How do new year addresses compare?

Each year the heads of state of the United Kingdom and France address their respective subjects and citizens

Each year the heads of state of the United Kingdom and France address their respective subjects and citizens over Christmas dinner and New Year’s Eve drinks. But how do the two compare?

Queen Elizabeth II has been giving a Christmas message since before Nicolas Sarkozy was born so she does have an initial advantage of a “lifetime of experience”. It shows, especially in terms of production and content (although one doesn’t expect the queen to turn her hand to editing, direction and overdubs).

Of course, it is a little unfair to compare the two personalities directly. The Queen has been on the throne for so long that she is the British monarchy, while Nicolas Sarkozy is just one face in the line of post-war presidents.

However, something about their personalities and positions comes across in their annual broadcasts. The Queen, has elegant gold writing in her opening credits, while the VOEUX DE MONSIEUR LE PRÉSIDENT DE LA RÉPUBLIQUE is in screaming capitals, just in case, after shots of the Tricolour, Arc de Triomphe, Patrouille de France and the Elysée Palace, you weren’t sure who was giving the address.

Flags are a curious point. While last year Nicolas Sarkozy delivered his entire address standing in front of a very mid-1990s, digitised slowly flapping French flag, with the European flag draped off in the corner, the only flag flying in the Queen’s intro is the Royal Standard, not the Union flag. We know whose show this is.

Both the President’s wishes for 2010 and the Queen’s Christmas speech of 2009 are some seven minutes long, but the Queen covers a wider range of subjects, interspersed with shots from her year. While she begins standing by a Christmas tree in the palace, she very quickly becomes narrator on a review of the year; a flurry of brightly coloured hats and dresses, Commonwealth countries and the first appearance of the Union flag – draped over the coffin of a British soldier.

In their speeches last year, the two commanders-in-chief could not have been more different in their approach to their countries’ troops. With shots of funerals, Remembrance services both in the UK and Afghanistan, the first two minutes of the Queen’s message is focused on the bravery of 13,000 troops serving abroad. French troops get 20 seconds of thanks at the end of Mr Sarkozy’s New Year speech.

The bulk of last year’s Christmas message focussed on the 60th anniversary of the Commonwealth, a reminder that the Queen is the head of state of 15 other countries as well as the UK. Footage shows her meeting young people, and heads of state and the closing credits have the national anthem played by a steel drum band.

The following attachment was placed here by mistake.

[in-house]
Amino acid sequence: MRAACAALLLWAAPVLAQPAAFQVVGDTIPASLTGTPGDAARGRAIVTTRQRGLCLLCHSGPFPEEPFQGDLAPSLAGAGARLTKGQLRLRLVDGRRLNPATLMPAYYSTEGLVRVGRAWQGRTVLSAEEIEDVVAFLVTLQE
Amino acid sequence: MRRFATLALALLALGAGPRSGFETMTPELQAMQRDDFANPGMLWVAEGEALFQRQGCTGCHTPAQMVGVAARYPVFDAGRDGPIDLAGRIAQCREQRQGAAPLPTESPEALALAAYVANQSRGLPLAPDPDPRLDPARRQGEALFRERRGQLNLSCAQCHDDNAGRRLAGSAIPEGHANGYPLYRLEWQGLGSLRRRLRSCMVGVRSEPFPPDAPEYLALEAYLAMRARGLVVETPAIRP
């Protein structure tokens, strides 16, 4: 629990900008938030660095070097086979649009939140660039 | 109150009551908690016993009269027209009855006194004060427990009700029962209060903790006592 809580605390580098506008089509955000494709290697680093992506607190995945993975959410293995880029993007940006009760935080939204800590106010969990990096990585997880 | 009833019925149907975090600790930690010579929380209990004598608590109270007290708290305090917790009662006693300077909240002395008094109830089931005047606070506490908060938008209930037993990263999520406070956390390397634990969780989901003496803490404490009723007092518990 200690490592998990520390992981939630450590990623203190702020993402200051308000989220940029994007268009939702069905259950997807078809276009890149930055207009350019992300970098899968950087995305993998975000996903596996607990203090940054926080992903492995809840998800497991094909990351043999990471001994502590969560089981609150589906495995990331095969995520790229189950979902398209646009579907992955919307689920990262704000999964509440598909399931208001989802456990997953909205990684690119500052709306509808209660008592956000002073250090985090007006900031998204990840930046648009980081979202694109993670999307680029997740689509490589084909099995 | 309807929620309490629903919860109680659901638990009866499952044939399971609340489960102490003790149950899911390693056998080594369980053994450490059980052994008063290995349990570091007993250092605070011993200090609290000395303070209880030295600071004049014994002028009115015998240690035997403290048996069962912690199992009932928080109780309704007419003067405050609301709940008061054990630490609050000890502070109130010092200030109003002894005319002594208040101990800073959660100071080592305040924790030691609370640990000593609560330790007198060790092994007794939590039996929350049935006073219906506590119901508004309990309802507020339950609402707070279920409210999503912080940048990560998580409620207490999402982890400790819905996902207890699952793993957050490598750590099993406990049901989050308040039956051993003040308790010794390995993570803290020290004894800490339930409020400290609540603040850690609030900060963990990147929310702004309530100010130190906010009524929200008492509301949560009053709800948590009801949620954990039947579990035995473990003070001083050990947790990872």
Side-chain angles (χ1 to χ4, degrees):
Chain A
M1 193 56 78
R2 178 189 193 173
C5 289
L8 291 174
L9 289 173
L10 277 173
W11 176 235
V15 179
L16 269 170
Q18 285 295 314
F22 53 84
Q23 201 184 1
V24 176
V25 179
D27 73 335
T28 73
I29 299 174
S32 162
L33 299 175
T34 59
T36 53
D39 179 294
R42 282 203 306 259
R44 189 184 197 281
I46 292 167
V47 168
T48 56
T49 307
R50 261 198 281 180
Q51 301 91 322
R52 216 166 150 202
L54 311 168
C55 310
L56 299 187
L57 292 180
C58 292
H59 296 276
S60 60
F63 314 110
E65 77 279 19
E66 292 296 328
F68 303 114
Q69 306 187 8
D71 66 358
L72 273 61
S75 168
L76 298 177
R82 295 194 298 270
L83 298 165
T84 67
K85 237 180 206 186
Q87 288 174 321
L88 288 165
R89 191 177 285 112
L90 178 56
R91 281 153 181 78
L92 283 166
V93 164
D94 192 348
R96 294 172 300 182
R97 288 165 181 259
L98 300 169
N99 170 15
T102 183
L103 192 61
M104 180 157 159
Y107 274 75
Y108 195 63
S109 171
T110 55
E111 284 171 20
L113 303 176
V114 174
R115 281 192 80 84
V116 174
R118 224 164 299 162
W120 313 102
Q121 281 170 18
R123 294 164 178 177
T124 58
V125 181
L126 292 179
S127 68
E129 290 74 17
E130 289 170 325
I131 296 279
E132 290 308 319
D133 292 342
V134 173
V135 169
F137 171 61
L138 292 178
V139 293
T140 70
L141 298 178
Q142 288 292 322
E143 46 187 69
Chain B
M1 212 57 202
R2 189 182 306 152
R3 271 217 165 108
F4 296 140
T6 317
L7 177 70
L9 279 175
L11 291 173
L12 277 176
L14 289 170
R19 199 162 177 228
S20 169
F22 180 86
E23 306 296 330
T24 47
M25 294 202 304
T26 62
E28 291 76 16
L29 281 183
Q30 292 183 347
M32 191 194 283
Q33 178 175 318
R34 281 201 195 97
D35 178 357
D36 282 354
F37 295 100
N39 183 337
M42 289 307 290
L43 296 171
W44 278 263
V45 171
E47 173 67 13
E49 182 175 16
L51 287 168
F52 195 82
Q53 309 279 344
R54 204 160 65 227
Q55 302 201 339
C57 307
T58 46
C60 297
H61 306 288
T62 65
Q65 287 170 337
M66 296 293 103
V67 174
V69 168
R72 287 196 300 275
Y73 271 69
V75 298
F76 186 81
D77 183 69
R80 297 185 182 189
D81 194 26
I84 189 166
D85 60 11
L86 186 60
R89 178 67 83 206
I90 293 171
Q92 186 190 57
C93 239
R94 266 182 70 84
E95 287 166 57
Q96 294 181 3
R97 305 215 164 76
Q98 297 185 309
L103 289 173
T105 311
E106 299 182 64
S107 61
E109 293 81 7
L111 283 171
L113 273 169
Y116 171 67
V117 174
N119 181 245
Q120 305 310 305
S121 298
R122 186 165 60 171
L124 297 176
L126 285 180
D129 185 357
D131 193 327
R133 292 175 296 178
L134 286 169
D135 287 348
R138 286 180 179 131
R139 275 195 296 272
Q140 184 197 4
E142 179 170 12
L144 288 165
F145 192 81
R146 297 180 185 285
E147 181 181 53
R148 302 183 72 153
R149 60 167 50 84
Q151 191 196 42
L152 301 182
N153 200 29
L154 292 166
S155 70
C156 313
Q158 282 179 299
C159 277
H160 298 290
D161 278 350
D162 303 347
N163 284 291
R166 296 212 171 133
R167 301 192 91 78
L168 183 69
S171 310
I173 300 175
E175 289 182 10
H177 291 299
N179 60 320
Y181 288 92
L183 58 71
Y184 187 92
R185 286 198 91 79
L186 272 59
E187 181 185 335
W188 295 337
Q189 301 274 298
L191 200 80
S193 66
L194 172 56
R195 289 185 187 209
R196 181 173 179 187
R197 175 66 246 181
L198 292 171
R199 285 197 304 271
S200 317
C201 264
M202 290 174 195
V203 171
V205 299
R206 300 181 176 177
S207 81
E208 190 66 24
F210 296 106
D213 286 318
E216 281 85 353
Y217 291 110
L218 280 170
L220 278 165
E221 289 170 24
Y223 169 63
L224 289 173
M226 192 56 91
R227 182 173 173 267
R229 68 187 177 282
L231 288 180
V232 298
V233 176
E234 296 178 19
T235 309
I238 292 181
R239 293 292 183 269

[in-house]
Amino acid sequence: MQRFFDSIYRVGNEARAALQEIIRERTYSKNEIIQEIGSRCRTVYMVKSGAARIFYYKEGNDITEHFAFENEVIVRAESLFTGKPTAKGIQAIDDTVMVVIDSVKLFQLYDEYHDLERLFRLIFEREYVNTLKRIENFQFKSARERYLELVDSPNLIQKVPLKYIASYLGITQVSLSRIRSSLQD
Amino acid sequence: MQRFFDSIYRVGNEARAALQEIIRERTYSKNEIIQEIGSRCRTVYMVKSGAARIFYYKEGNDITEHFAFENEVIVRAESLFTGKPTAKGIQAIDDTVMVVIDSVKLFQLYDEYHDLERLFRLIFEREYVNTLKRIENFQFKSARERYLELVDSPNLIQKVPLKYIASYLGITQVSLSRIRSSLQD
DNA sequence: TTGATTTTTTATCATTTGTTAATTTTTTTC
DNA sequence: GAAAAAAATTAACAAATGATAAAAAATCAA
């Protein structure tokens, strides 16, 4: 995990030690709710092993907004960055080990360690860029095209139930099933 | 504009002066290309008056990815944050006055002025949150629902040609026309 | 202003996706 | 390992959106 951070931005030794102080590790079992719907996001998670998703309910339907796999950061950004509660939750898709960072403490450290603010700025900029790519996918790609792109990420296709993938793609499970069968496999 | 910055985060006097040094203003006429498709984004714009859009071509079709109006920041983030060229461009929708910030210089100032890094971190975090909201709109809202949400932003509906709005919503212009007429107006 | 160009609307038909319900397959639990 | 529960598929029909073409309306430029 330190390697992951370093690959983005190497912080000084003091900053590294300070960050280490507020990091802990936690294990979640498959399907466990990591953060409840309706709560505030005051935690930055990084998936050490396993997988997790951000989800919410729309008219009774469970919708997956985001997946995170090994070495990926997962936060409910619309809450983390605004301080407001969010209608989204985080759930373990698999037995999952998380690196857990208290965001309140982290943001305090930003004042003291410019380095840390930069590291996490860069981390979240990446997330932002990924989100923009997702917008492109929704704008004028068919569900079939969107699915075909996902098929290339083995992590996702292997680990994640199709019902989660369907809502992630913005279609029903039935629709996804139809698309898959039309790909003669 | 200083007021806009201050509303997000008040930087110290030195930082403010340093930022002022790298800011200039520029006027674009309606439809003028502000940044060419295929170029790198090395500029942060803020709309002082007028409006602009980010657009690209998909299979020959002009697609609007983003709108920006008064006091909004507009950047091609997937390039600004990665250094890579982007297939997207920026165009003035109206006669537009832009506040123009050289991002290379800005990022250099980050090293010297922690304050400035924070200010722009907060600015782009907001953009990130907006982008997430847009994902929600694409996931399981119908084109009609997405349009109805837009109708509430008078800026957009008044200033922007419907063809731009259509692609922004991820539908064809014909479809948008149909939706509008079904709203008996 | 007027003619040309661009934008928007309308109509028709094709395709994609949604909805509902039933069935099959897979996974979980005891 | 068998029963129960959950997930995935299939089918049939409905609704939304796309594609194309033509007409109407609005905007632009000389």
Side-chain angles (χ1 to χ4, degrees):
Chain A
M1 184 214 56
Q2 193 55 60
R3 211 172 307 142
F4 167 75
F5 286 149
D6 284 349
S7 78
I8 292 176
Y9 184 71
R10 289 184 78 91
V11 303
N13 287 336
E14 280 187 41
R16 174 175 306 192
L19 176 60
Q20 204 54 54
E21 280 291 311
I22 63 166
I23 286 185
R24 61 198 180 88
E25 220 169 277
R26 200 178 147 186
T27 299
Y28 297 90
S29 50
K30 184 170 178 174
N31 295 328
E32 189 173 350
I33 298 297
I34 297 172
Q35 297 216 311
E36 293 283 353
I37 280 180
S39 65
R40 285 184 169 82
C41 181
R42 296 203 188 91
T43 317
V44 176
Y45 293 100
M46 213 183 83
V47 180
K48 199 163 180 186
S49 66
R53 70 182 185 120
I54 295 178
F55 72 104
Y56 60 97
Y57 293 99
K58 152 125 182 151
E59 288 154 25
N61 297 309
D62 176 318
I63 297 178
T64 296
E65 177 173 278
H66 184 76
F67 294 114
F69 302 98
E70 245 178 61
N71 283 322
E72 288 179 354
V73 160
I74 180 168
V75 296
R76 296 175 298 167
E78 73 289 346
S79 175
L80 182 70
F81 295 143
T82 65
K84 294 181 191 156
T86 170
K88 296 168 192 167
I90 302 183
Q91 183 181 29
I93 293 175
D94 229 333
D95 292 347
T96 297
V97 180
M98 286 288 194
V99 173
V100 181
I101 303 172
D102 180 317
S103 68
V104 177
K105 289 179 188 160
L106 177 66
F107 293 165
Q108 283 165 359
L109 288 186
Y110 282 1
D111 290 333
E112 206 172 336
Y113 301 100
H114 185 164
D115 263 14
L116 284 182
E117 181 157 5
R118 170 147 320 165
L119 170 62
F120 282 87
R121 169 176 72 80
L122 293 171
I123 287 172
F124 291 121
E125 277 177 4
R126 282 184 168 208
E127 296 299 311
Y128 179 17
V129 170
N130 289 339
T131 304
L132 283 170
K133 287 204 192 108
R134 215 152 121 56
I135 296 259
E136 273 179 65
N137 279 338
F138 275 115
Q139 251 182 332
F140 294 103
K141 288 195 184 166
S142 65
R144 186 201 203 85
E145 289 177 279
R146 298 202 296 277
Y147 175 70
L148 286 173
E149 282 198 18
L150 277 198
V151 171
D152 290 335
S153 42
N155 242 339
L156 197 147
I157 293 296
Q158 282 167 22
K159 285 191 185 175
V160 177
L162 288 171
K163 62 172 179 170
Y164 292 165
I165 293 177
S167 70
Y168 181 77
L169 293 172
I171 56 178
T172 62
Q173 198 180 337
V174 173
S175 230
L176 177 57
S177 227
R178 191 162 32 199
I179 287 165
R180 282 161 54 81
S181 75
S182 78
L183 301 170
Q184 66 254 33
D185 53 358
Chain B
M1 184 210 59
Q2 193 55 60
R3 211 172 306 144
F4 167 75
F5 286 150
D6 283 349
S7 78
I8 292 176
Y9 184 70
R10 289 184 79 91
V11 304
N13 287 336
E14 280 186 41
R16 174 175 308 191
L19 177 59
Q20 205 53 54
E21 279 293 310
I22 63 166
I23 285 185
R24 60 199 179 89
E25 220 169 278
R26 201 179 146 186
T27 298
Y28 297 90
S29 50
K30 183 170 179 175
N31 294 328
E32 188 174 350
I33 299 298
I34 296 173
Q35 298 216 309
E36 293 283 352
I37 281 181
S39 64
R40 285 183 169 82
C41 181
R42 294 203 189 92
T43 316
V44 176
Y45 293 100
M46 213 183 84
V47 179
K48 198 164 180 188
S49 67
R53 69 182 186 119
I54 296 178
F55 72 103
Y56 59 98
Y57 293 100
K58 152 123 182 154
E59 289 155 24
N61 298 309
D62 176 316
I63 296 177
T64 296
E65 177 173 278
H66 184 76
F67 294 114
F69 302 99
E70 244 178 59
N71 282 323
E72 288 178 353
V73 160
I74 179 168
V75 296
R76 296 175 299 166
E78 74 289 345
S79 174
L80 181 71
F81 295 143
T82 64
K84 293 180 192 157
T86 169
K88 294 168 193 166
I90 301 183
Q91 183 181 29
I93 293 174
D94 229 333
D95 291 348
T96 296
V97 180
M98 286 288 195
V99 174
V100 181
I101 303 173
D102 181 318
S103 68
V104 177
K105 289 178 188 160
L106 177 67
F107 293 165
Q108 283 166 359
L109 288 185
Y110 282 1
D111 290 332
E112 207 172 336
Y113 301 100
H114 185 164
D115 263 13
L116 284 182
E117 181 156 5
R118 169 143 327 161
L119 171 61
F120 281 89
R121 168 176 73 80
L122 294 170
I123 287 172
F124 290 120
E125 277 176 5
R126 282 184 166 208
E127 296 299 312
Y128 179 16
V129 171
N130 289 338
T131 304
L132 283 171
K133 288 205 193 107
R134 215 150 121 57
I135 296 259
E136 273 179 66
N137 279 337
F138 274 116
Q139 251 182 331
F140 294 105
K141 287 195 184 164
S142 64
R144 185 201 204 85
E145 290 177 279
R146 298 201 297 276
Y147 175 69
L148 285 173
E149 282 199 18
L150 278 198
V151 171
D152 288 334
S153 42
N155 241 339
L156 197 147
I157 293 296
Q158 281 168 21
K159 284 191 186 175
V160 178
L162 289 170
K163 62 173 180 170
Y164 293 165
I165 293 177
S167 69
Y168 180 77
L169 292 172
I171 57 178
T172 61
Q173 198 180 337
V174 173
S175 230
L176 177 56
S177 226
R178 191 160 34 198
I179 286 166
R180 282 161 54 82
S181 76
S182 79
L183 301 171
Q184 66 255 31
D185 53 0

A key difference with the Queen’s message is that, as head of the Church of England and a practising Christian, she always includes a Christian element. While President Sarkozy has made references to France being a Christian country, he quickly came under fire and was reminded that, unlike the UK, France is a secular state (although François Mitterrand got away with Je crois aux forces de l’esprit et je ne vous quitterai pas in his final address).

The President’s speech is entirely and expectedly, political, more akin to the Queen’s speech to parliament, and perhaps not what everybody wants to hear at 8pm on New Year’s Eve. Last year’s detailed his programme for 2010, which, with the cutting power of hindsight, gives a chance to see how he did. This could be summarised by the phrase “Je ne suis pas un homme qui renonce à la première difficulté”, uttered just before the announcement that he would fight to keep the CO2 tax, the taxe carbone. It was dropped in March.

At least his promise to reform French retirement law was kept, unlike the pledge to tackle the problem of care for the elderly (now an issue for 2011), his hope for a positive outcome at the Copenhagen summit on global warming (a failure), simplifying French regional and local government (it has created a new type of local politician while not removing any of the layers or complications) and bringing broadband internet to everyone in France.

Although his message talked about the difficulties France faced, Mr Sarkozy was tanned, and, super-imposed over a flag, gave the impression he had interrupted a holiday abroad to give his talk. He addressed the French, social partners, charity heads and business leaders, with promises of economic improvement. The soundbites are bountiful and saccharine. His final message was that 2010 would be the year France would show the true meaning of the word fraternité with its treatment of the elderly and the disabled. Did anyone notice this?

Even staunch republicans comparing the two addresses would appreciate the relief that an unelected monarch does not need to treat a holiday season speech like a one-sided job interview.*


France: The tradition of an address from the President on New Year’s Eve is largely post-war. However, similar addresses to the nation did take place before, under the IV Republique, and the address has been given at different dates in December. (In 1943, Pétain told the French he loved them like a father). In 1948, President Vincent Auriol thanked the United States for its help in rebuilding the country. The address is usually a static affair, either sitting at a desk or standing, although Valéry Giscard D’Estaing did record one chatting to his wife in front of a fire. In another break with tradition, Nicolas Sarkozy’s first address in 2007 went out live from the Elysée. His subsequent speeches have been pre-recorded.

UK: The first royal Christmas address came from George V in 1932. It was heard by an estimated 20 million people. It became an annual tradition during the Second World War. Queen Elizabeth II gave her first address in 1952 and it was first televised in 1957.